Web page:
The students pulled their classroom desks into a ragged circle and debriefed about their field trip. They did not waste time on the weather, the transportation or the food. Their discussion zeroed in on the causes and possible solutions to one of the most intractable social issues in America.

Aware of the affordable housing needs of millions of Americans, students were interested to learn more about the 10 new homes Habitat for Humanity has built in a Buffalo neighborhood; they toured a home and met several residents.

“Poverty is caused by multifactorial problems, and the solution needs to be multifactorial.”

– Connor McGovern.

“I don’t see a solution. We’re doing 17 different things, and we still need to do 27 more.”

– Charlotte Zulick

Sharon Ahram, assistant director of PC’s Center for Public Purpose, designed Seminar on Poverty, a three-week, one-credit summer course she taught in July. Her students read the bestseller Evicted, they listened to TED Talks, they welcomed guest speakers, they performed community service. They studied and talked about the causes and effects of poverty and how these are complex and interwoven; they worked to understand social policies designed to ease poverty.

Rising juniors and seniors, the students spent four hours each day raising philosophical and ethical questions about individual and collective behavior. Their classroom feedback session demonstrated they had developed a framework of knowledge that allowed them to ask intelligent questions and dare to imagine some answers.

“We go for policy changes like capping rent based off the value of the property—things like that—and still promote to people who have money to give back to the community.”

“Nonprofits should pay taxes. That would be a simple thing.”

While their classwork focused on Philadelphia, with some comparisons to other cities, a two-day field trip to Buffalo, N.Y., tested and expanded their understanding of poverty and activism.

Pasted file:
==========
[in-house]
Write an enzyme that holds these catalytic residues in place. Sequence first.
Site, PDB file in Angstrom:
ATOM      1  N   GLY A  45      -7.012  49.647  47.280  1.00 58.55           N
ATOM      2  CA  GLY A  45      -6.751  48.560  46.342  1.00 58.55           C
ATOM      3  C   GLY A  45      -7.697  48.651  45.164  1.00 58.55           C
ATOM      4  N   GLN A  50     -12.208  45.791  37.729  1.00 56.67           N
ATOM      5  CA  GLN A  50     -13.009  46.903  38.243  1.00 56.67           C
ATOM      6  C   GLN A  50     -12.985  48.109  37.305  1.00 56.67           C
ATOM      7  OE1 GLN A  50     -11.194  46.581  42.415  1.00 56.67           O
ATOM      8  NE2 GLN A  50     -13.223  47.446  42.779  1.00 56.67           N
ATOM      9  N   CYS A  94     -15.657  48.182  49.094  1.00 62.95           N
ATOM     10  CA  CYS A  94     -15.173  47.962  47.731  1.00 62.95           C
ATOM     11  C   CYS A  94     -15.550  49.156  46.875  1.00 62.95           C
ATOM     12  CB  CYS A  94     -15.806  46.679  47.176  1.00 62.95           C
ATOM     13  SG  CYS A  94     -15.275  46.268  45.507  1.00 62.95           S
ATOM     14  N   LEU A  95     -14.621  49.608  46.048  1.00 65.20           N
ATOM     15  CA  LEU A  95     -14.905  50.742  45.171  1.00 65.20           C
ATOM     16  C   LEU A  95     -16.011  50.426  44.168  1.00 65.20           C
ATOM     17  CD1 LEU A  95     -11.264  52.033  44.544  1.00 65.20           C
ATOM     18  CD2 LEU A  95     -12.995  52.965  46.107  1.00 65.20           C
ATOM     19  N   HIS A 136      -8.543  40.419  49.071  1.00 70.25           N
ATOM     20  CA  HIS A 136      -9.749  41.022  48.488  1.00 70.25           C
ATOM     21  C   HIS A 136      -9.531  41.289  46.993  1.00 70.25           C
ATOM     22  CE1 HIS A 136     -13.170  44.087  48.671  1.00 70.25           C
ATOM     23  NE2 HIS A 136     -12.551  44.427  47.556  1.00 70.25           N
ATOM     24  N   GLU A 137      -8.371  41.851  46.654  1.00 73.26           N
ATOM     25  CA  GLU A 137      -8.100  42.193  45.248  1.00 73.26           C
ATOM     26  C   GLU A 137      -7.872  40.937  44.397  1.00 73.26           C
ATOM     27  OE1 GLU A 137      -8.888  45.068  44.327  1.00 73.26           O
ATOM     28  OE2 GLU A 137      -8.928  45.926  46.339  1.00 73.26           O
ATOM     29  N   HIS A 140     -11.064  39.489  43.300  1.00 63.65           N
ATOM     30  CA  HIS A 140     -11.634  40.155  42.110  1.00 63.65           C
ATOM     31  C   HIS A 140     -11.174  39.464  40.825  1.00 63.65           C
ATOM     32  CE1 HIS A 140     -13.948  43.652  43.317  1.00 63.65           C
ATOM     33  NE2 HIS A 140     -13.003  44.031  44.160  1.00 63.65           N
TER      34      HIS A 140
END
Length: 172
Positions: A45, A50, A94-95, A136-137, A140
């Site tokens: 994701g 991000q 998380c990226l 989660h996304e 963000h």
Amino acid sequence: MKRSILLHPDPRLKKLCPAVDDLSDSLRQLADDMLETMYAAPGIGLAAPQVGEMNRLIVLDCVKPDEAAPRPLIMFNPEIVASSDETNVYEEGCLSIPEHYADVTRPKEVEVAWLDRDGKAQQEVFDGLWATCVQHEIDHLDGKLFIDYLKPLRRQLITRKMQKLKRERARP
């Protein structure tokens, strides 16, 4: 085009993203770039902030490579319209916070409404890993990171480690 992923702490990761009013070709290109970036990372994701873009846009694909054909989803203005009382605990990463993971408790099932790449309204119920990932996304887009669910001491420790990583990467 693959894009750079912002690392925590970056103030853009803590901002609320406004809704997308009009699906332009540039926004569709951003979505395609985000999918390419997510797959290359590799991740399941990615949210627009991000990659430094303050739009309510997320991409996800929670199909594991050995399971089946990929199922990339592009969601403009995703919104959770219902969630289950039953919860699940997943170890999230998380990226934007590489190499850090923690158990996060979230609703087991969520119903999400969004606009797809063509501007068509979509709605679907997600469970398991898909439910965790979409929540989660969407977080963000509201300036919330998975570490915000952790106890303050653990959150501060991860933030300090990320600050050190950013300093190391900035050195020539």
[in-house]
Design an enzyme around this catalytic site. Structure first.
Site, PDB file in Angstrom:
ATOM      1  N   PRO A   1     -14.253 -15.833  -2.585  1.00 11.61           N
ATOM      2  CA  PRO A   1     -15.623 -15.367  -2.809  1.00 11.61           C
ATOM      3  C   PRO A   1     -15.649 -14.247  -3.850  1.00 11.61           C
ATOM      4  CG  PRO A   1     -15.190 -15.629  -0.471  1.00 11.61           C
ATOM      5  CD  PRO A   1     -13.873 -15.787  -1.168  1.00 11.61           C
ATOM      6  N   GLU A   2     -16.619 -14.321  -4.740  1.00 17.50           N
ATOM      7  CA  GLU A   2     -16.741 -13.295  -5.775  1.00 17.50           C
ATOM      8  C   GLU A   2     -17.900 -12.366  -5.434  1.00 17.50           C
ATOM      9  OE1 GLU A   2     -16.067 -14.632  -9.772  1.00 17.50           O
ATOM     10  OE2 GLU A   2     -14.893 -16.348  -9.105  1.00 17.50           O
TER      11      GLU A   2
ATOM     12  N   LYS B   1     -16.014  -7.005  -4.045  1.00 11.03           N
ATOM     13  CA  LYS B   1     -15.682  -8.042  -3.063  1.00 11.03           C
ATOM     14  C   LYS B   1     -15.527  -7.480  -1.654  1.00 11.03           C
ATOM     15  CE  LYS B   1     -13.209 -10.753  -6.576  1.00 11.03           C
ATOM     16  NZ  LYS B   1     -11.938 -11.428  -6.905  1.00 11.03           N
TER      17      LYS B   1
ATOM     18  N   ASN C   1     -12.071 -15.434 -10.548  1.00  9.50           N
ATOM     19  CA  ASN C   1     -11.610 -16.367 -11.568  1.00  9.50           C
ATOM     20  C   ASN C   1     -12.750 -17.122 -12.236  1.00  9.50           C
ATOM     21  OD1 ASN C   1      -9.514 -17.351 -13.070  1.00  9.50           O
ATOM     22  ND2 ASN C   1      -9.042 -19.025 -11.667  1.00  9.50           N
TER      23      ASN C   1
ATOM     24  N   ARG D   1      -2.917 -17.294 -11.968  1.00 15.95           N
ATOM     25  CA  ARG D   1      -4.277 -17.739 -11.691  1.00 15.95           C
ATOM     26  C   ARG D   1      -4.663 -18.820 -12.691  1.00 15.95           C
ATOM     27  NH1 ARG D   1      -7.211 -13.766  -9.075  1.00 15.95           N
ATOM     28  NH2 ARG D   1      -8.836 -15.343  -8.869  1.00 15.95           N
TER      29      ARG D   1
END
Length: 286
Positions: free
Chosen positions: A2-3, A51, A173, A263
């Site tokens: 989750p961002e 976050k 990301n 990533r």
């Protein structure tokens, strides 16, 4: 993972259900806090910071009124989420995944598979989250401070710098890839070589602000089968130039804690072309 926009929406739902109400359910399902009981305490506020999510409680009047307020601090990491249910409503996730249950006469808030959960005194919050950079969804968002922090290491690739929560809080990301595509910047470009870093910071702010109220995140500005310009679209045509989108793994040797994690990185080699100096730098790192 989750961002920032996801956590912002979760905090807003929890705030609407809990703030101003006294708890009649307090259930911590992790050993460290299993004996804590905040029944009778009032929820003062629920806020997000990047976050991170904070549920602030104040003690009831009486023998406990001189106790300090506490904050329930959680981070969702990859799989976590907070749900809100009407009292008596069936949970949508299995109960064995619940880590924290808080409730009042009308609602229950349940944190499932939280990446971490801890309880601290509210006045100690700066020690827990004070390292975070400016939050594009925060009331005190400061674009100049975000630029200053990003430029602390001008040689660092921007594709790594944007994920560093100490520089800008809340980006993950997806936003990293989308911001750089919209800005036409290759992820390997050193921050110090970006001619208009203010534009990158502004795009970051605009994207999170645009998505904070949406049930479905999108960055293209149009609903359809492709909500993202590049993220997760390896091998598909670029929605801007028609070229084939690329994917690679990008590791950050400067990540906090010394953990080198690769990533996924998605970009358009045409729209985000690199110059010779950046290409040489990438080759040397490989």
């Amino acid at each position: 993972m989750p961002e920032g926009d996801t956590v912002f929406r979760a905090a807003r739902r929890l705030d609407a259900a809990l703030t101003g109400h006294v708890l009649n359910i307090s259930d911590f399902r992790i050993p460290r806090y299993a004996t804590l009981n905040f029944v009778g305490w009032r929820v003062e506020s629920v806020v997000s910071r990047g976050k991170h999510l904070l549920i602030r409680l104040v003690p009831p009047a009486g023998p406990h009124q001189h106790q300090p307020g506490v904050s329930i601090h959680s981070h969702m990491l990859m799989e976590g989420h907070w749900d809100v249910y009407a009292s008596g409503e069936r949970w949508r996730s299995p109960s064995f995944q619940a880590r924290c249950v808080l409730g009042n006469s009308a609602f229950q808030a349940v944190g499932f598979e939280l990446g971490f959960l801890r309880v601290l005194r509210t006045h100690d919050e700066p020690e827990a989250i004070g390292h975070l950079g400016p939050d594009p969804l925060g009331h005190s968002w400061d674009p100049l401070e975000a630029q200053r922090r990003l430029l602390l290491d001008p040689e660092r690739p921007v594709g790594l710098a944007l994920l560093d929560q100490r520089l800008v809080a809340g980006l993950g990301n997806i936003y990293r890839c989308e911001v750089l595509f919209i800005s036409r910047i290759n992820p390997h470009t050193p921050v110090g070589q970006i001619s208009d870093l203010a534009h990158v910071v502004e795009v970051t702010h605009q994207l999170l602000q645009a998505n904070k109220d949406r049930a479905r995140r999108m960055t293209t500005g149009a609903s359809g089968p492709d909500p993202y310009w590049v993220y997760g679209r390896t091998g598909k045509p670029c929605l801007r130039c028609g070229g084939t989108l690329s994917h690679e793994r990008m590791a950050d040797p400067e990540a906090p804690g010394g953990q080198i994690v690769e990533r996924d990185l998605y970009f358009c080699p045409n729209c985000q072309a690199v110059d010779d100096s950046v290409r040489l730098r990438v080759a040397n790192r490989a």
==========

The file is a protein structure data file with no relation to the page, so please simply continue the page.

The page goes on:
The class visited John Somers OPC ’78 to learn more about the effort that he has led to stabilize and transform Bailey Green, the neighborhood surrounding Harmac Medical Products, his family’s international medical equipment manufacturer. About 10 years ago, Somers considered moving his business

out of east Buffalo to a rural setting free from poverty, crime and other distress that afflicts many urban neighborhoods in the United States. When he realized that 25 percent of Harmac’s Buffalo employees lived in the headquarters’ zip code, he decided to stay and roll up his sleeves.

John Somers OPC ’78 (front, second from left) welcomed Penn Charter students to Bailey Green, the Buffalo, N.Y., neighborhood surrounding the headquarters of Harmac Medical Products, his international medical equipment manufacturer. Somers toured students to show how Harmac has sparked a neighborhood transformation with affordable housing, job opportunities, healthy food options, green space and more.

Students observed close-up how Somers and partners he has attracted—including Habitat for Humanity, University at Buffalo, the city of Buffalo, Groundwork Market Garden, Urban Fruits & Veggies, Buffalo Peacemakers—are collaborating to address critical problems caused by poverty: lack of housing and job opportunities, poor diet and related health issues, violence, blight.

The students in the Seminar on Poverty left with more knowledge, more real- world understanding, and considerable appreciation for Somers’ vision to use his business as a force for good.

They also had a heady conversation with well-known academic, author and activist Henry Louis Taylor Jr., University at Buffalo professor in the School of Architecture and Planning. This generated conversation about socialism vs. capitalism, free health care, policy and political power.

“Socialism and capitalism, they need to come together. They have to compromise and move forward.”

– Vanessa Ewing

But then time was up for the day.

Ahram had facilitated the discussion, interjecting questions when needed:

Why is property owning so important?

And supplying quick statistical reminders:

Twenty-two percent of our population in Philadelphia is impoverished.

And peppering the conversation with questions about collective responsibility.

“There is intentionality behind what all of these people are doing. Focusing on housing. Focusing on food. On safety, education, job skills. Think in that mindset,” she encourages in wrapping up.

“What are the possible solutions? Poverty is huge. There are smaller social issues that feed poverty, and we know that there are solutions to those issues. I’ll let you ponder that.”

To learn more about Somers and Bailey Green, visit